find all visitors and their conversions who visited pages with certain query
parameters. Consider a scenario where you want to find all visitor documents
with query parameter
val2. A simple
bool must query with
term query would return the above document if
query_params was not nested
because it would find one of the two
query_params.param values to be equal
param1 and the one of the two
query_params.val values to be equal to
val2 but we know that
param1 never had
val2 as its value. This happens
because each object in
query_params array is not considered as an individual
component of the document.
nested types solve this problem. Read more about
nested documents and relations in Elasticsearch in this blog post.
- converted_goals_info is also an array of objects for storing information
of individual goal conversions. Here we store
goal_id of the converted goal,
the time of conversion as a DateTime field and another field that we will
shortly discuss. This field is also of
nested type for the same reason as
- converted_goals_info.facet_term and variation_goals_facet_term need to
be discussed together because their values are constructed in a similar way.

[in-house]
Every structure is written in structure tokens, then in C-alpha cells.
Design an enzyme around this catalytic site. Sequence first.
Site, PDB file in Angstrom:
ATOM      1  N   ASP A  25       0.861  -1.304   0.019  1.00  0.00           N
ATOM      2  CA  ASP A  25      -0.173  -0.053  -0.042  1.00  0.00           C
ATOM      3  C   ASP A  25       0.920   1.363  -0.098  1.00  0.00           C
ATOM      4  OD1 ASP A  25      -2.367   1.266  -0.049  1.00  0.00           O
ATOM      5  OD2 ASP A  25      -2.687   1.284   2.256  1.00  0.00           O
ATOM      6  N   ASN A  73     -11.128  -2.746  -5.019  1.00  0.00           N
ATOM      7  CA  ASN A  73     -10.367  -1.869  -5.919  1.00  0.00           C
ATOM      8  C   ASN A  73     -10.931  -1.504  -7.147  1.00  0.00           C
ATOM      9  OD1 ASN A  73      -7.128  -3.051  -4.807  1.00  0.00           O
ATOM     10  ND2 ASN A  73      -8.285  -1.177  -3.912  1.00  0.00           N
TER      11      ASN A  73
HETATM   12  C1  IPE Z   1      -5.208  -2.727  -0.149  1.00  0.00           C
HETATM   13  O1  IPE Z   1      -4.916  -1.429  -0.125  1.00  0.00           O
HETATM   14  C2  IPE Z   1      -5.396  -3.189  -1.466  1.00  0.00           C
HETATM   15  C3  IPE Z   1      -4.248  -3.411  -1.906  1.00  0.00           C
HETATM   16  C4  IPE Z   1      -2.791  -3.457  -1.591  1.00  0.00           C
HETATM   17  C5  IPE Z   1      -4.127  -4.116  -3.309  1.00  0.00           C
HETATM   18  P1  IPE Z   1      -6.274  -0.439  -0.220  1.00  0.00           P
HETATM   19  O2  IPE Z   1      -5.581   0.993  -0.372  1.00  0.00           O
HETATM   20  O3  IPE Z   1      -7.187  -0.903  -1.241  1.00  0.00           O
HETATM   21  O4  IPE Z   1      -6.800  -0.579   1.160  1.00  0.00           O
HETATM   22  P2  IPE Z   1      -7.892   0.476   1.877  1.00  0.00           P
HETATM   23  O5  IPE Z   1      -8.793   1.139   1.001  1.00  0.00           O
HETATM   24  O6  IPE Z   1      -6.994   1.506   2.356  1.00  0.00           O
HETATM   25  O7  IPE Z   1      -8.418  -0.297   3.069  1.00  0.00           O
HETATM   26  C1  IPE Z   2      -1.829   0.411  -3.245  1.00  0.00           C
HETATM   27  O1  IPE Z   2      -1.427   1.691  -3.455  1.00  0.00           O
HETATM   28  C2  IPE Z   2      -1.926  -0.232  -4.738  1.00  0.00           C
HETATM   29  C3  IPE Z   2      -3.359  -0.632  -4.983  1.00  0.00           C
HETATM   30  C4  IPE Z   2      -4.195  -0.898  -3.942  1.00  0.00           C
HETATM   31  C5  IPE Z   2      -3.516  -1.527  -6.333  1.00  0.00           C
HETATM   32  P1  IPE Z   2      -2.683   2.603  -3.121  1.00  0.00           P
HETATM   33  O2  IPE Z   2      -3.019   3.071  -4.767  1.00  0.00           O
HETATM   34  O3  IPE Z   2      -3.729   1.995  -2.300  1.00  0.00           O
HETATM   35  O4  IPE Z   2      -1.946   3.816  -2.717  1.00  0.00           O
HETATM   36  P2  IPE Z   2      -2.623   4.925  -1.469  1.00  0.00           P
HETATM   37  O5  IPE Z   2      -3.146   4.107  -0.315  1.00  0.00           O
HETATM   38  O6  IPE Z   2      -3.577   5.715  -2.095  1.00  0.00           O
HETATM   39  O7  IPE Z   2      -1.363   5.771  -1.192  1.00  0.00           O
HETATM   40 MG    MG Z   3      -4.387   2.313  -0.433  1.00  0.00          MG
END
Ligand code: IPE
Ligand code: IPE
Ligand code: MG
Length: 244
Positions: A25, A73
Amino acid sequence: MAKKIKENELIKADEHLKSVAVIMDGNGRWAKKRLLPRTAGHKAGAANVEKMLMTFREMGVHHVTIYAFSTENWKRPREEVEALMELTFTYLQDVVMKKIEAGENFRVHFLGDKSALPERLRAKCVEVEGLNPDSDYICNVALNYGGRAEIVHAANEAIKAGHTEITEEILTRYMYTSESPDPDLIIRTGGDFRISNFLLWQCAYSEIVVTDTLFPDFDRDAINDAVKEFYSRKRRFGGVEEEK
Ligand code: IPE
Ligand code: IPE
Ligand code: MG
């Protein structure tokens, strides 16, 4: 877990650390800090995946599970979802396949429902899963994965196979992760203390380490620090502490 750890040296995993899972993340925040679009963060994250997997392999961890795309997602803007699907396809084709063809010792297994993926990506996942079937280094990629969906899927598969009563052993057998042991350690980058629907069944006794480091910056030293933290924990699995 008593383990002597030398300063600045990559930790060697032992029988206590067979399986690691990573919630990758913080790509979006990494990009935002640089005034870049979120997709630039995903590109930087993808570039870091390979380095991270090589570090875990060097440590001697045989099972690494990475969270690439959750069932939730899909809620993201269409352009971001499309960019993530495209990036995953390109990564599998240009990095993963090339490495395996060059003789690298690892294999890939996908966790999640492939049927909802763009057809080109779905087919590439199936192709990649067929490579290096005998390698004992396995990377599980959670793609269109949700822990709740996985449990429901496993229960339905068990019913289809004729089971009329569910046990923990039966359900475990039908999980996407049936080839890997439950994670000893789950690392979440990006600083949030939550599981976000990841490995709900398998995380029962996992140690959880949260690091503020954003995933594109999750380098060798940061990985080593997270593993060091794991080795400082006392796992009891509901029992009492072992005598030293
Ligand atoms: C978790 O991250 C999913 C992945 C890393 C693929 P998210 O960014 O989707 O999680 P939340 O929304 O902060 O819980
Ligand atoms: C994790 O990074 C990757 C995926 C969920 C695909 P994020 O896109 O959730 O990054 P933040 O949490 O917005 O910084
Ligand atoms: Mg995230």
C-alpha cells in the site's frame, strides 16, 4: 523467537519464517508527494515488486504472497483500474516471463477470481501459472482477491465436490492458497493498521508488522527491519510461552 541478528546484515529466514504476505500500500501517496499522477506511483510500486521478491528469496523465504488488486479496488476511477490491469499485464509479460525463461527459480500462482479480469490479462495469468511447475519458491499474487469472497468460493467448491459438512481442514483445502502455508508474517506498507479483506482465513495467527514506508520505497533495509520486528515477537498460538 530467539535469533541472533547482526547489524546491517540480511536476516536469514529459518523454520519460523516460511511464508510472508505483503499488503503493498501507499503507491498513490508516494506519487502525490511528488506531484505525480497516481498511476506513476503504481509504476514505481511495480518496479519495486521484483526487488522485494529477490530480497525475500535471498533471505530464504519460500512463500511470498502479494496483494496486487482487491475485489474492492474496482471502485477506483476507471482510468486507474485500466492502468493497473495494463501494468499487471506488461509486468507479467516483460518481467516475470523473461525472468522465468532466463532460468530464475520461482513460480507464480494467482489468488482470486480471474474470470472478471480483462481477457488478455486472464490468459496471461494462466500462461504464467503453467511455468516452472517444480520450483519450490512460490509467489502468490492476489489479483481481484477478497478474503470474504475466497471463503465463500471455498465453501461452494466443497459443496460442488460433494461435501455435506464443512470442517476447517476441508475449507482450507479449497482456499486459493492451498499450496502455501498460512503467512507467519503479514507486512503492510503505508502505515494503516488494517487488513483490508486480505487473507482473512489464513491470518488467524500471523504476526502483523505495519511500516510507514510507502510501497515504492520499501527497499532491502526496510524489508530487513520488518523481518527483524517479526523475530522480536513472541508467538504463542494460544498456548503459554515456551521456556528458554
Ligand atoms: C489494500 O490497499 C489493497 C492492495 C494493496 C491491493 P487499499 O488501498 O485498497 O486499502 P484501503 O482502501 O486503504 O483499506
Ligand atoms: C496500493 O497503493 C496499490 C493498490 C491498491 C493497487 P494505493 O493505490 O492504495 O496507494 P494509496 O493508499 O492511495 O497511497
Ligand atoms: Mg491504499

They in particular don’t hold any new information. In the beginning of the
post, we saw how we used to store aggregated visitor and conversion count per
goal per variation per day. We still need that data out of Elasticsearch in a
similar way for our statistics. The day-wise problem gets solved by using
day-wise buckets in aggregations framework. The next problem is getting visitor
counts per variation per goal. In MySQL terms, we would want to run a GROUP BY
goal_id column. In Elasticsearch, we can do
something similar by using Terms Aggregation using Scripts. The problem
with this approach is that if you have a large number of documents, your
script will get evaluated on all of them and Elasticsearch is not really a
script execution engine (no matter which scripting plugin you use). What you